wages

시간제 refers to working on an hourly basis rather than a yearly wage contract. I.e this is what part-time and casual working staff do. 

시간제로 일하면 then you receive 시급 (hourly wage) as your form of compensation. 

If however you’re working on a yearly contract then your form of compensation is 월급 (salary) - it literally means monthly pay/wage (most people in Korea who work yearly contracts receive their salaries monthly). 

보수 (wages, salary, remuneration) includes both meanings of 시급 and 월급.

washingtonpost.com
I make $2.35 an hour in coal country. I don’t want handouts. I want a living wage.
The white working class doesn't need a savior at the ballot box. We need decent pay in the jobs we already have

(Other than the title using the idea of “handouts” which tends to be a buzzword for all sorts of stereotypes about poor people on welfare, this article is mostly good).

Somebody asked me: “You’re a Doctor? How much do you make?”
I replied: “HOW MUCH DO I MAKE?”
I can make holding your hand seem like the most important thing in the world when you’re scared…
I can make your child breathe when they stop…
I can help your father survive a heart attack…
I can make myself get up at 4am to make sure your mother has the medicine she needs to live… and I will work straight through until 4am to keep her alive and start the day all over again!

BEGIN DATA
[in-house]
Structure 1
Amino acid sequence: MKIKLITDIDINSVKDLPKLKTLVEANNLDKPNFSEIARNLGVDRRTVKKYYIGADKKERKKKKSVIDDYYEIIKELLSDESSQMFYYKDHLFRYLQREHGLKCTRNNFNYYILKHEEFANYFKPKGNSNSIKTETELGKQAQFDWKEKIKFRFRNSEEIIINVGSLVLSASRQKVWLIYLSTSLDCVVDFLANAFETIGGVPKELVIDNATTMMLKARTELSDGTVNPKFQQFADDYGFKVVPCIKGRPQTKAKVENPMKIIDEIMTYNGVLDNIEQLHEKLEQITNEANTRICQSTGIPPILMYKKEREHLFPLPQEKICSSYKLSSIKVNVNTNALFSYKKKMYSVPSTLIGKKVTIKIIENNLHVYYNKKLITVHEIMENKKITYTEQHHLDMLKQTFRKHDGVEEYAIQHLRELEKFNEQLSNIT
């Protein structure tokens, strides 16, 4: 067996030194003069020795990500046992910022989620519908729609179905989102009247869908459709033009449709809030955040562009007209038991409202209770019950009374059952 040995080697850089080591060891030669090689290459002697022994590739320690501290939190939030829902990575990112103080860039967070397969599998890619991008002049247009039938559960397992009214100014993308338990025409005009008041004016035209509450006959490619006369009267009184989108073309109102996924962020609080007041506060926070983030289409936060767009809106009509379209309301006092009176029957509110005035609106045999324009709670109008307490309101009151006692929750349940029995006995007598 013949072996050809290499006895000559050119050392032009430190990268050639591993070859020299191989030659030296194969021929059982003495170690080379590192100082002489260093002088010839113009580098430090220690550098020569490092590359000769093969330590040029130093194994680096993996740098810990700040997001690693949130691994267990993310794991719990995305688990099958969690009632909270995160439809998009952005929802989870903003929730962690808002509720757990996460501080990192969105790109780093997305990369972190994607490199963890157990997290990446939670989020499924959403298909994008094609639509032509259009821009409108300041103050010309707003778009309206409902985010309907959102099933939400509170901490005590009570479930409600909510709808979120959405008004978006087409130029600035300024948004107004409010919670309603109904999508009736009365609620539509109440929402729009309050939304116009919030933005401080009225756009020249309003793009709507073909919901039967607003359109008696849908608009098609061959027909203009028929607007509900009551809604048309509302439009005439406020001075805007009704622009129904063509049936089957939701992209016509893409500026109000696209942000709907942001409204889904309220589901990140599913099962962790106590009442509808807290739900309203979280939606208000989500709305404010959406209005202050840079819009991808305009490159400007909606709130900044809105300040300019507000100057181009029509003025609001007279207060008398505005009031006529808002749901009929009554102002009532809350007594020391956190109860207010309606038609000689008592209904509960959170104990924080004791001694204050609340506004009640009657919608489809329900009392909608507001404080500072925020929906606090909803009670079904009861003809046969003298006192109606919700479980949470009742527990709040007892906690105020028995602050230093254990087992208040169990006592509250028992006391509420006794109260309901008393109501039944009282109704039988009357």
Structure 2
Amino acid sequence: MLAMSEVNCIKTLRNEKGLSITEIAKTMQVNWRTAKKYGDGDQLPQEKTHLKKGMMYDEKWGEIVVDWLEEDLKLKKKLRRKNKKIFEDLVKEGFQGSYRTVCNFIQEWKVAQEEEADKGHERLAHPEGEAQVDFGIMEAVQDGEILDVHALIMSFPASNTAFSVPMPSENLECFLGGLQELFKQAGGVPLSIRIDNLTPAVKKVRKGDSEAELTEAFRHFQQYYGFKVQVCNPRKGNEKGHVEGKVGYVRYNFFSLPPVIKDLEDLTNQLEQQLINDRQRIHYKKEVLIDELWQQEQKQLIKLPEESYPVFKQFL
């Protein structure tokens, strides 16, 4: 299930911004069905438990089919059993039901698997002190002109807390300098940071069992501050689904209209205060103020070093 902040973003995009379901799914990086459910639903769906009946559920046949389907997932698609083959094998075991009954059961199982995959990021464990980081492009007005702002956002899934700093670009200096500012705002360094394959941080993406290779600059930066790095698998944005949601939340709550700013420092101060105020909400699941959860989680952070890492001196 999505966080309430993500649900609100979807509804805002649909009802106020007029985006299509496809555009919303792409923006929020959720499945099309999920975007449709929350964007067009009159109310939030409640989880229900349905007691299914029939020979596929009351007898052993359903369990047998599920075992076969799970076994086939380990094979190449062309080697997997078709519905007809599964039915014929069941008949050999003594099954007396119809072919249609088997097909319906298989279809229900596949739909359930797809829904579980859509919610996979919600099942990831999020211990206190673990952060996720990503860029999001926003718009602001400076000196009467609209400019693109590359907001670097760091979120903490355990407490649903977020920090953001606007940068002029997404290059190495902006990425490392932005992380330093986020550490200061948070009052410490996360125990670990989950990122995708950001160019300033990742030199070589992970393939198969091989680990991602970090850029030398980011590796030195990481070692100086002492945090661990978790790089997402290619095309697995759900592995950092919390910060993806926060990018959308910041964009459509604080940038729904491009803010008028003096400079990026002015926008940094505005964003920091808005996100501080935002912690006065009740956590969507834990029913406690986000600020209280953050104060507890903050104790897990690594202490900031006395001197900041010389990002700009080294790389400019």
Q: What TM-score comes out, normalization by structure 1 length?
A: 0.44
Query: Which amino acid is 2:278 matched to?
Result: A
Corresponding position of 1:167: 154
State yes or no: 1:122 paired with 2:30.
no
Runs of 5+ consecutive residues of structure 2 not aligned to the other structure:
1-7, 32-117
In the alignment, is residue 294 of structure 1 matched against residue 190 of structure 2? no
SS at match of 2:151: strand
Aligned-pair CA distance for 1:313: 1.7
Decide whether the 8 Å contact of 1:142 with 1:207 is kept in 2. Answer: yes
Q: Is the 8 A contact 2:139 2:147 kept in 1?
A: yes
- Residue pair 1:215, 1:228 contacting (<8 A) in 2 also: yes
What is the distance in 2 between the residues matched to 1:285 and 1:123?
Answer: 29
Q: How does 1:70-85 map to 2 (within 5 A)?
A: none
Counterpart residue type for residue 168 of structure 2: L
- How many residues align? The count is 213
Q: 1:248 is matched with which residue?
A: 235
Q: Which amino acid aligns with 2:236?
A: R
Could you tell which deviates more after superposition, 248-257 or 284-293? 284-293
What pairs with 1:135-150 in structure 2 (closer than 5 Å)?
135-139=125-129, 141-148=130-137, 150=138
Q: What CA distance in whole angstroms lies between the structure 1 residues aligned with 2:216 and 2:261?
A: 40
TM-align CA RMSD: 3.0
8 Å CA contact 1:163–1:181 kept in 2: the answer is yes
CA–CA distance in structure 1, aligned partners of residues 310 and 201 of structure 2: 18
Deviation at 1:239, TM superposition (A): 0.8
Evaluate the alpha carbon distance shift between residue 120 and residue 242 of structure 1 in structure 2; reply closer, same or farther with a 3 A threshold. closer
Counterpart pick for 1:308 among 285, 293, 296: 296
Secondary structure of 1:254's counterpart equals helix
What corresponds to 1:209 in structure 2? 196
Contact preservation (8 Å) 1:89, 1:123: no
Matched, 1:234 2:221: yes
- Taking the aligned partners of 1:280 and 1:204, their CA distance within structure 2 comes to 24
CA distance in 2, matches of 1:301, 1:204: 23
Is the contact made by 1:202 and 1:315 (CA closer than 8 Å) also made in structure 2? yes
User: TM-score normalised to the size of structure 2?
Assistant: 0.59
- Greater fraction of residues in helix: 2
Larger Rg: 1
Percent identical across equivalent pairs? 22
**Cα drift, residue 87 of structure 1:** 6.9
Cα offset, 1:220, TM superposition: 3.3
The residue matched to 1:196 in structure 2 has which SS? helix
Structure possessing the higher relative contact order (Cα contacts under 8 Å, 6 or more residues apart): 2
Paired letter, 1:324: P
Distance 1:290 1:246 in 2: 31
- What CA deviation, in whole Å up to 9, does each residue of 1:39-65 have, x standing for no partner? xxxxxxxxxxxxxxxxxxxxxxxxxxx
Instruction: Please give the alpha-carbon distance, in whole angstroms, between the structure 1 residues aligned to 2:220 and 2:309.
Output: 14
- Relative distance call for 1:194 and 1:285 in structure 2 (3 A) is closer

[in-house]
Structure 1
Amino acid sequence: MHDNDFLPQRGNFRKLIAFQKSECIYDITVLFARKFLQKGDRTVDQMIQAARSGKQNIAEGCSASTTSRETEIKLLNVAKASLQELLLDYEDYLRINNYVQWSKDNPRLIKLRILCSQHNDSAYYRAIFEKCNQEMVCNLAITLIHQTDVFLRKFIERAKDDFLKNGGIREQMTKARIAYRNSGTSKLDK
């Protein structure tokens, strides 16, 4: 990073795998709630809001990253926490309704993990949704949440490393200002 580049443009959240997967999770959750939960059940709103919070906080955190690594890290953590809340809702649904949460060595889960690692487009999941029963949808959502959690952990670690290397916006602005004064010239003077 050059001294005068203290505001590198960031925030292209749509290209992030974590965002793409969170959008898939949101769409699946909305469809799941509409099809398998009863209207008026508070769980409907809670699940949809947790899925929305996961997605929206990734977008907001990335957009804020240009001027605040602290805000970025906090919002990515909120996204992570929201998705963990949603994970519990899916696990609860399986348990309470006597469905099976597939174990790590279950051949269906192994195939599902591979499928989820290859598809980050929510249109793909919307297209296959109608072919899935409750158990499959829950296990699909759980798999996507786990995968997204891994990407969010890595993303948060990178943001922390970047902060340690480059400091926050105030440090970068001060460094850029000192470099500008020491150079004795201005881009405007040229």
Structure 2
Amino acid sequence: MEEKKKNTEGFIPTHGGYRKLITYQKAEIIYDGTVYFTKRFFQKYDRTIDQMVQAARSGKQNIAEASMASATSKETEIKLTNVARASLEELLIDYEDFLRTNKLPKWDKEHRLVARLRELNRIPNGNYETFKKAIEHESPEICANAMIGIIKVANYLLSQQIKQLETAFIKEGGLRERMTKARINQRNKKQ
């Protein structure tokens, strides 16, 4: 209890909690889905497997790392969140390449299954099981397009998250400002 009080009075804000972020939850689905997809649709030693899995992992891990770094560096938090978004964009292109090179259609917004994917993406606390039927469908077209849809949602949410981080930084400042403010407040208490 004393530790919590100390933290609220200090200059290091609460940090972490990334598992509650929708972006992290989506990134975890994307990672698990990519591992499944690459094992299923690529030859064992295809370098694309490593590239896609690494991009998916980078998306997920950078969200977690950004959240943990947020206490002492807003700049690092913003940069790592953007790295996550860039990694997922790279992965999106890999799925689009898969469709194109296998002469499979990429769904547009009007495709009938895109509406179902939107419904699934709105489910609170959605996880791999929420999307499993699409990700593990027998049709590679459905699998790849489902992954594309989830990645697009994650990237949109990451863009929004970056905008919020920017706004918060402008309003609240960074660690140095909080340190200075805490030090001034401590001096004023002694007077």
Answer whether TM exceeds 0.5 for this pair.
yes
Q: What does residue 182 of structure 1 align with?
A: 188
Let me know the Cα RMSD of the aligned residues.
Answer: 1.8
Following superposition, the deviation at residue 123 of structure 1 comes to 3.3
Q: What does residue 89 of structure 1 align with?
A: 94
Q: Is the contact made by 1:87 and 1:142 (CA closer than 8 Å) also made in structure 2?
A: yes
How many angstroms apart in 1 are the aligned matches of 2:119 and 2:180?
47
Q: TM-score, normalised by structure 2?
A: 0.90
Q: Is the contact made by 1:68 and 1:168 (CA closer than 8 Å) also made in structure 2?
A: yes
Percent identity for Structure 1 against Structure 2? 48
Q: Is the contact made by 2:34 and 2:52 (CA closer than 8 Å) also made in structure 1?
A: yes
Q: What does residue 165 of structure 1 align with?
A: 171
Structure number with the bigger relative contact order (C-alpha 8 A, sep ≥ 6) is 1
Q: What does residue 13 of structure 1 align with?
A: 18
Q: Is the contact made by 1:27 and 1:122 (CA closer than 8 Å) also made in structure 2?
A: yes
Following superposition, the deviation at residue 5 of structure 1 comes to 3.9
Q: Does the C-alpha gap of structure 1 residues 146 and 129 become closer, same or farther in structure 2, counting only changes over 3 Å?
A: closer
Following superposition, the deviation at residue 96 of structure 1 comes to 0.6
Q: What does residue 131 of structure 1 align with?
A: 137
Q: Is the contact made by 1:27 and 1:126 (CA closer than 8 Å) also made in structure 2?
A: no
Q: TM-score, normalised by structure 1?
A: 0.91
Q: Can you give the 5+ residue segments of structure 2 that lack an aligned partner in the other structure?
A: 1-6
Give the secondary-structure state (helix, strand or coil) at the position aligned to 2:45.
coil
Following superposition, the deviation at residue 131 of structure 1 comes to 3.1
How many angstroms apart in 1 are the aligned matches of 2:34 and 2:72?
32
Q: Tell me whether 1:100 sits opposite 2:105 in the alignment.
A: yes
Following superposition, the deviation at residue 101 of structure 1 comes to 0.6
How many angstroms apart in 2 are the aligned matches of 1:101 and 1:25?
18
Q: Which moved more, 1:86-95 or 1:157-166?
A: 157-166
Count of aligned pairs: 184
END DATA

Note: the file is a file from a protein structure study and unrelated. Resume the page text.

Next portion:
I work all day to save the lives of strangers…
I will drop everything and run a code blue for hours trying to keep you alive!!!
I make my family wait for dinner until I know your family member is taken care of…
I make myself skip lunch so that I can make sure that everything I did for your wife today was correct…
I work weekends and holidays and all through the night because people don’t just get sick Monday through
Saturday and during normal working hours.
Today, I might save your life.
How much do I make? All I know is, I MAKE A DIFFERENCE.
—  No idea who wrote this originally, a friend posted it on Facebook and it sums up everything. 
The Working Class

The working class, or proletariat, are waged employees. They rely on this wage to survive.

They are hired to make money (surpluses) for their employers. In order to keep a job, workers must create more wealth than they receive in wages.

Employers collect these surpluses. Everything left after wages are paid is profit. Employers therefore receive more wealth than they create.

How profit is created and distributed (simplified).

Under capitalism, the wealth dynamic resembles that of older economic systems - lord and serf, or master and slave.

In each instance, those who work create surpluses, and in turn may receive enough to survive, but not enough to escape reliance on the exploiter.

The use of ‘exploiter’ is not moralistic. Under capitalism, individuals must be one or the other - employer or employee, exploiter or exploited. The relationship is systemic.

Wage competition between workers forces wages down.

When workers cannot live on the wage, the capitalist state subsidises the employer through welfare schemes.

If workers could not live, the market would collapse.

“In 1870, Rockefeller’s Standard Oil Company of Ohio processed two or three percent of the country’s crude oil. Within a decade, it controlled 90 percent of the refining business. Rockefeller reaped huge profits by paying his employees extremely low wages and driving his competitors out of business by selling his oil at a lower price than it cost to produce it. Then, when he controlled the market, he hiked prices far above original levels. Alarmed at the tactics of industrialists, critics began to call them robber barons.”

Just a reminder. Uber and others are the new robber barons.